#microbiome: unraveling truth from hype

by Ella Epstein Almost every day, new research emerges on how the microbiome* will help us address obesity, protect us from disease, or shape our behavior. Recent research ties the microbial communities inside

Maryam Zaringhalam

“I have a small confession: I actually hate bench work. Pipetting is really not for me. The part I love about being a scientist is hanging around with my labmates and just letting our imaginations run wild with what could be going on in the organisms we study. That’s the most fun for me. People often don’t appreciate how valuable an active imagination is for doing science. But imagination is essential when you’re constantly trying to come up with hypotheses and explanations for the weird, unexpected things we see in the lab. Then the scientific method comes in to check those hypotheses and keep us honest.”

Theranos: the fall of a paper billionaire and the value of transparency & collaboration in science

by Steven Lewis As someone with type 1 diabetes, I prick my fingers several times a day to test my blood sugar. When I heard about Theranos and how it could completely revolutionize laboratory blood

Devon Collins

“It’s pretty hokey and sentimental, my favorite thing about being a scientist is getting to act in the service of humanity. Like, it’s pretty amazing knowing that my work contributes in some way to solving humans’ problems. I actually did always want to be a scientist. I always pretended to be a scientist working in a lab, curing diseases or building technologies that would save the world from some huge problem. I was a huge Star Trek nerd growing up, and despite the hilariously bad TV technobabble, I always liked how Gene Roddenberry and co. recognized science as being a huge part of human advancement. That really resonated with me.”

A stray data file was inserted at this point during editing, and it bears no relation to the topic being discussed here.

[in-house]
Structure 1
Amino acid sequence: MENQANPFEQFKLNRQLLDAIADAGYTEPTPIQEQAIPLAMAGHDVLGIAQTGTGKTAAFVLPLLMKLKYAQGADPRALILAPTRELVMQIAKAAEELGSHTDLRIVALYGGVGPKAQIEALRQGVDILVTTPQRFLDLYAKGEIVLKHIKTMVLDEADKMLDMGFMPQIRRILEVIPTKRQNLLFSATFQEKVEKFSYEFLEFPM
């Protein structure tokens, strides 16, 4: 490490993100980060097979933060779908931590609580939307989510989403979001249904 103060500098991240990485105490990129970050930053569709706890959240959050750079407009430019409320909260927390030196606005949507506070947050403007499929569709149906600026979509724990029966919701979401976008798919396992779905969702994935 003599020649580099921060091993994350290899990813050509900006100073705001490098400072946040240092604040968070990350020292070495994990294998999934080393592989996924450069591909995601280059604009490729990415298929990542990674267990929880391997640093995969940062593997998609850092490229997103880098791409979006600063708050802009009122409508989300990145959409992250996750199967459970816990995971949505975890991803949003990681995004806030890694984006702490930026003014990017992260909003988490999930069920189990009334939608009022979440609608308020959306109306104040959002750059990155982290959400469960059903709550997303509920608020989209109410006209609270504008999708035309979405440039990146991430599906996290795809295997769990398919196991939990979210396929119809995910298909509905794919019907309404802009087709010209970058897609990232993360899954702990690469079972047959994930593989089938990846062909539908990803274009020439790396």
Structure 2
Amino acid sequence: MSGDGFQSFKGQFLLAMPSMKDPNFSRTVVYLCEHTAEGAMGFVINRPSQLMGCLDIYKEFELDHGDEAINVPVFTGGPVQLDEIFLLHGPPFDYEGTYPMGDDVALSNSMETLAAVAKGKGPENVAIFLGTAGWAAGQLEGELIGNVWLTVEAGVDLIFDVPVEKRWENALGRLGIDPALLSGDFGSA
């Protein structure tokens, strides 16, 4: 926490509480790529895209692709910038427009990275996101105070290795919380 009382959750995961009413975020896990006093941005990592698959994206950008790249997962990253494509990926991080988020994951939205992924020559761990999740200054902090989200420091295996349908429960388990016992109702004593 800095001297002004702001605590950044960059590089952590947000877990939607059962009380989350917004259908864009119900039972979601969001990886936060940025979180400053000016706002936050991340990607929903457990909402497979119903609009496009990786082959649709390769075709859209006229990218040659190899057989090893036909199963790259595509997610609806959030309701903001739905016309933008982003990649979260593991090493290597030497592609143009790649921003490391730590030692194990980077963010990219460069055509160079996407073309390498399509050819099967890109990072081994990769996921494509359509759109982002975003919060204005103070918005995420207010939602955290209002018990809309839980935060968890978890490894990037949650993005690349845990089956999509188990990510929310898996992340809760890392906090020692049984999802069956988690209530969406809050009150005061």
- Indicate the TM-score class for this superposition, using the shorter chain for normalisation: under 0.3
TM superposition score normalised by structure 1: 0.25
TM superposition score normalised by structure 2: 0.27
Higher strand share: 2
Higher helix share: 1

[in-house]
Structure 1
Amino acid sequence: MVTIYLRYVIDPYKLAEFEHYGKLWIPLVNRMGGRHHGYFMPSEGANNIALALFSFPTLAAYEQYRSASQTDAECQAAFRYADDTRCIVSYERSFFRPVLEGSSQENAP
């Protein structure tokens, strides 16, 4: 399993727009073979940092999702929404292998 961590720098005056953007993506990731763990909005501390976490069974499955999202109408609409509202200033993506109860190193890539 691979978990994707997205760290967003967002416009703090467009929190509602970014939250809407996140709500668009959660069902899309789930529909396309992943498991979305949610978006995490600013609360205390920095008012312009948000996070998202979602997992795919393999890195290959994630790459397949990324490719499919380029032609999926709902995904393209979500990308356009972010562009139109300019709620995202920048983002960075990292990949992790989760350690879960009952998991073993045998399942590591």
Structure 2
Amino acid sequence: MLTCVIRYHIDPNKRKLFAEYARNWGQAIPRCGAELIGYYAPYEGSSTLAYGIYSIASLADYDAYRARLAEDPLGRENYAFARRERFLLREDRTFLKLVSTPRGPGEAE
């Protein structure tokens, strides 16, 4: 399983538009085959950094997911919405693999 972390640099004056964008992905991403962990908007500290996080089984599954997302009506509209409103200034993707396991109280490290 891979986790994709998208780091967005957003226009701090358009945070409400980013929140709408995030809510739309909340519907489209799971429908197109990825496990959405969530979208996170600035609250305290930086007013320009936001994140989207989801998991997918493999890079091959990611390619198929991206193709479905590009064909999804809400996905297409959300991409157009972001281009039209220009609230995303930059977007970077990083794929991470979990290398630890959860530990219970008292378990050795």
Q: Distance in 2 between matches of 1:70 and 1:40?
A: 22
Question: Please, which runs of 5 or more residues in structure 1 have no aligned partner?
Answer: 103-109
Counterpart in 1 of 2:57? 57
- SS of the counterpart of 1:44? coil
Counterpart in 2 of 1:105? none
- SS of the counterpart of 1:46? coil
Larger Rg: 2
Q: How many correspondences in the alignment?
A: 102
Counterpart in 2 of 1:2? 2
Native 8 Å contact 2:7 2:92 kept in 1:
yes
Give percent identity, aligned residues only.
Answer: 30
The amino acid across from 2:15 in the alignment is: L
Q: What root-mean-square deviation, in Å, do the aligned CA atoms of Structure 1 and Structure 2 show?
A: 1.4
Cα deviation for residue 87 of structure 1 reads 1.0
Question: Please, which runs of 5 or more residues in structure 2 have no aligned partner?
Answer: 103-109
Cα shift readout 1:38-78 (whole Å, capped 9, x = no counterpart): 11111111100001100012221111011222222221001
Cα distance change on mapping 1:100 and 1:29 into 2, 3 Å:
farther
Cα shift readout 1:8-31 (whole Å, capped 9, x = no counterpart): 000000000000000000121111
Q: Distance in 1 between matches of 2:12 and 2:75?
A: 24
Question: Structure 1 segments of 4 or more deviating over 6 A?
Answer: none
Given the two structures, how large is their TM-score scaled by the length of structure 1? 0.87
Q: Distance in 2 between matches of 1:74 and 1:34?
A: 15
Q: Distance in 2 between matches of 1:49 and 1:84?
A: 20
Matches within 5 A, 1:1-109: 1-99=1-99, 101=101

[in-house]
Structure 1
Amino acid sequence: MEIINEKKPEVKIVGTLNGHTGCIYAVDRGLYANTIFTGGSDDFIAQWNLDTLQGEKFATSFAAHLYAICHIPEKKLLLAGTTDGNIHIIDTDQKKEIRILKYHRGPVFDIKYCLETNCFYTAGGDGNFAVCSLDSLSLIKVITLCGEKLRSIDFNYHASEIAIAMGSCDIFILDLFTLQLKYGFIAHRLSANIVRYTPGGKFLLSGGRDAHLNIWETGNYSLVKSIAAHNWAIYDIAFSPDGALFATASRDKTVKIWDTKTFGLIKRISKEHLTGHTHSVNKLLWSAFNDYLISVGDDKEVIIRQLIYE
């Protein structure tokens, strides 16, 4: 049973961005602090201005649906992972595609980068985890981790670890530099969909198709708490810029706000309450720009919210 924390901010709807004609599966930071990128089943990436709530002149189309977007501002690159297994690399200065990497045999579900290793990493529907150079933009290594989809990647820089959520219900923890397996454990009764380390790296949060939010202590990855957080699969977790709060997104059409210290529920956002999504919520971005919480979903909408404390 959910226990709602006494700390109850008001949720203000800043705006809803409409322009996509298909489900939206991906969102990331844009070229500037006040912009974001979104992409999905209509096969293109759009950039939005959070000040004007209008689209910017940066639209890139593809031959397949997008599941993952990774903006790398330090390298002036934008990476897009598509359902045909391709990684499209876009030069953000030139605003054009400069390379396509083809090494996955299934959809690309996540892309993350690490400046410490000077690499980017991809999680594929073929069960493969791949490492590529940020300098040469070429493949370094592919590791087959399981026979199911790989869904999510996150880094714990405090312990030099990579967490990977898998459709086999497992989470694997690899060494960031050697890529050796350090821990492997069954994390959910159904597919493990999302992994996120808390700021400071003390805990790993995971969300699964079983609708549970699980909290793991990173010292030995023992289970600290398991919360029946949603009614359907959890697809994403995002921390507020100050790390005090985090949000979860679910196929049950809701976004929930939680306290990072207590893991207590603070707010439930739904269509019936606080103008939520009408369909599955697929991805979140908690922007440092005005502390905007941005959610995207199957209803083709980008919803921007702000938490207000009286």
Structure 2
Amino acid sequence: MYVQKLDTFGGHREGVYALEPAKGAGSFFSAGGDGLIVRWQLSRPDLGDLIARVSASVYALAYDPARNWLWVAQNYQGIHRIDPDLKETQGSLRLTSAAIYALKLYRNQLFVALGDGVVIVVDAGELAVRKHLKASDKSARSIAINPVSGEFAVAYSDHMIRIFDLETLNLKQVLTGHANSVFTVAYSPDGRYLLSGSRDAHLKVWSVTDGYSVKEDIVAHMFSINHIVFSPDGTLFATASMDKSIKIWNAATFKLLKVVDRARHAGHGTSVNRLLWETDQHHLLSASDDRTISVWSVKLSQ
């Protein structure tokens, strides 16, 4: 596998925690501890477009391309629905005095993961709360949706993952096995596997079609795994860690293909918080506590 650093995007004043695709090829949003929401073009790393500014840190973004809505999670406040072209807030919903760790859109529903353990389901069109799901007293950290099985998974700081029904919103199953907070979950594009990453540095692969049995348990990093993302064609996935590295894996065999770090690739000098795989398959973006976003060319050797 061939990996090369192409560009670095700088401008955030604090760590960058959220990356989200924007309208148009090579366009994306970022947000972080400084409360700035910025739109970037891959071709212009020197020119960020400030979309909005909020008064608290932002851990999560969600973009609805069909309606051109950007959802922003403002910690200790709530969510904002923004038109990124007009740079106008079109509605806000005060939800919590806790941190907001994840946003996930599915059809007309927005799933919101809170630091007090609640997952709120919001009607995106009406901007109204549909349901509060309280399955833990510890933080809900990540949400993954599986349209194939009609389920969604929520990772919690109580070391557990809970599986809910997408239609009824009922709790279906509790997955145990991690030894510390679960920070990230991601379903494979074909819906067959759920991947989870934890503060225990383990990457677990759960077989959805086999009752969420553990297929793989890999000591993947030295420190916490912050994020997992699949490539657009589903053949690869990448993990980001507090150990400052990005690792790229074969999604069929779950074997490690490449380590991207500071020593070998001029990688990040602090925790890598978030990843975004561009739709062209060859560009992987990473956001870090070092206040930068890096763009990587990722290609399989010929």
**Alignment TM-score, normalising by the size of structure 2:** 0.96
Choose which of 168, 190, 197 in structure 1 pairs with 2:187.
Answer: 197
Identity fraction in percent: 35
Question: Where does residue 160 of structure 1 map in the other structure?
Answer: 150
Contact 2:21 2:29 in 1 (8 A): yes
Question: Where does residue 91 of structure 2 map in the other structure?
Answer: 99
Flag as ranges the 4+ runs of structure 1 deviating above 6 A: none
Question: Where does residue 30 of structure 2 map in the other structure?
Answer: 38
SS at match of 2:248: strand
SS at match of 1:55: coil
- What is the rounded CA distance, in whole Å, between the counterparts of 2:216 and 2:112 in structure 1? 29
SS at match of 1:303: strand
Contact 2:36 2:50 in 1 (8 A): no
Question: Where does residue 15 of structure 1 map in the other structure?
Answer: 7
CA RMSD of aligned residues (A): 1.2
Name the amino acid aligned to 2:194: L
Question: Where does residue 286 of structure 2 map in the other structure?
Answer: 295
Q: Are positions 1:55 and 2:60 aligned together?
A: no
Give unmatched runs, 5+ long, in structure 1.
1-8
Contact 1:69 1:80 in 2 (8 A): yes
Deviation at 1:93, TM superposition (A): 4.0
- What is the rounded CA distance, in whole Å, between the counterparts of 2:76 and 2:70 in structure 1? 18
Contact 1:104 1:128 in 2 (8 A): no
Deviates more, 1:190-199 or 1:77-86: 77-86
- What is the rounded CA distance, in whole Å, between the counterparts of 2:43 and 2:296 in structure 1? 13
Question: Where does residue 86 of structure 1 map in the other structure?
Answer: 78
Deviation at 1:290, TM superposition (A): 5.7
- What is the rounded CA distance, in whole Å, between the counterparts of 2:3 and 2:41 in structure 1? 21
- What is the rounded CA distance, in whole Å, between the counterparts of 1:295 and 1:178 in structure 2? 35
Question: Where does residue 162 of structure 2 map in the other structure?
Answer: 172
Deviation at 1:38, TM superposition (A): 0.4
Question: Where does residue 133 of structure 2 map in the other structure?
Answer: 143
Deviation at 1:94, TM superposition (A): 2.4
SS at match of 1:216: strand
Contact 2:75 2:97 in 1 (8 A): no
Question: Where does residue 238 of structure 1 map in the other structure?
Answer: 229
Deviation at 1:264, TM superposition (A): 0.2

What science diplomacy taught me about science

by Maryam Zaringhalam   With the Rio Olympic games around the corner, I am reminded of the unifying power of sports. At the risk of playing into the stereotype of a scientist, I must admit

Spotlight on Kadiatou Dao: tackling biological nonproliferation in Mali

by Maryam Zaringhalam   CRDF Global Robin Copeland Memorial Fellow Kadiatou Dao shares her journey to becoming a leader in biological nonproliferation in Mali and why women are so critical to the field. Kadiatou